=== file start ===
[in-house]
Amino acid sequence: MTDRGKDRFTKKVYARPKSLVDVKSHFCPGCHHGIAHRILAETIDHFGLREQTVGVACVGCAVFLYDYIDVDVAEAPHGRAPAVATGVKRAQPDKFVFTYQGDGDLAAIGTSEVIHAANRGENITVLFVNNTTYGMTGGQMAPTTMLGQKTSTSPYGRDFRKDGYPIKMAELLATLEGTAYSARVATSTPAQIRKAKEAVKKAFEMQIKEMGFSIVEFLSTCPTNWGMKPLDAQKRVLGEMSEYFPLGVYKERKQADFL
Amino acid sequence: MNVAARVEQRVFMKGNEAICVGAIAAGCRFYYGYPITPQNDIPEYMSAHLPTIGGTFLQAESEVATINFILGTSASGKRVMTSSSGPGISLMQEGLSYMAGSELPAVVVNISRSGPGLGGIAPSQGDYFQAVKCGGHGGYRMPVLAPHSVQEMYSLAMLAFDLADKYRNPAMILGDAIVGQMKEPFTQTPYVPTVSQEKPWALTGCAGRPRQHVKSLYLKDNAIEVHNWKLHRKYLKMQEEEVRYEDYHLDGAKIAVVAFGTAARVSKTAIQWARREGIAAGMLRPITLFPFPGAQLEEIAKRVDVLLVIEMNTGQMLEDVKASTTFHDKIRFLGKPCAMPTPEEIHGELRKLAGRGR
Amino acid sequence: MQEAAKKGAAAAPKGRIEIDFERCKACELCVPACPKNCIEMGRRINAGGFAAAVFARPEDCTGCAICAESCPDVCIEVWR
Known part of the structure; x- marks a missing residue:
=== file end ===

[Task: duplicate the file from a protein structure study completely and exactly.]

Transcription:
[in-house]
Amino acid sequence: MTDRGKDRFTKKVYARPKSLVDVKSHFCPGCHHGIAHRILAETIDHFGLREQTVGVACVGCAVFLYDYIDVDVAEAPHGRAPAVATGVKRAQPDKFVFTYQGDGDLAAIGTSEVIHAANRGENITVLFVNNTTYGMTGGQMAPTTMLGQKTSTSPYGRDFRKDGYPIKMAELLATLEGTAYSARVATSTPAQIRKAKEAVKKAFEMQIKEMGFSIVEFLSTCPTNWGMKPLDAQKRVLGEMSEYFPLGVYKERKQADFL
Amino acid sequence: MNVAARVEQRVFMKGNEAICVGAIAAGCRFYYGYPITPQNDIPEYMSAHLPTIGGTFLQAESEVATINFILGTSASGKRVMTSSSGPGISLMQEGLSYMAGSELPAVVVNISRSGPGLGGIAPSQGDYFQAVKCGGHGGYRMPVLAPHSVQEMYSLAMLAFDLADKYRNPAMILGDAIVGQMKEPFTQTPYVPTVSQEKPWALTGCAGRPRQHVKSLYLKDNAIEVHNWKLHRKYLKMQEEEVRYEDYHLDGAKIAVVAFGTAARVSKTAIQWARREGIAAGMLRPITLFPFPGAQLEEIAKRVDVLLVIEMNTGQMLEDVKASTTFHDKIRFLGKPCAMPTPEEIHGELRKLAGRGR
Amino acid sequence: MQEAAKKGAAAAPKGRIEIDFERCKACELCVPACPKNCIEMGRRINAGGFAAAVFARPEDCTGCAICAESCPDVCIEVWR
Known part of the structure; x- marks a missing residue: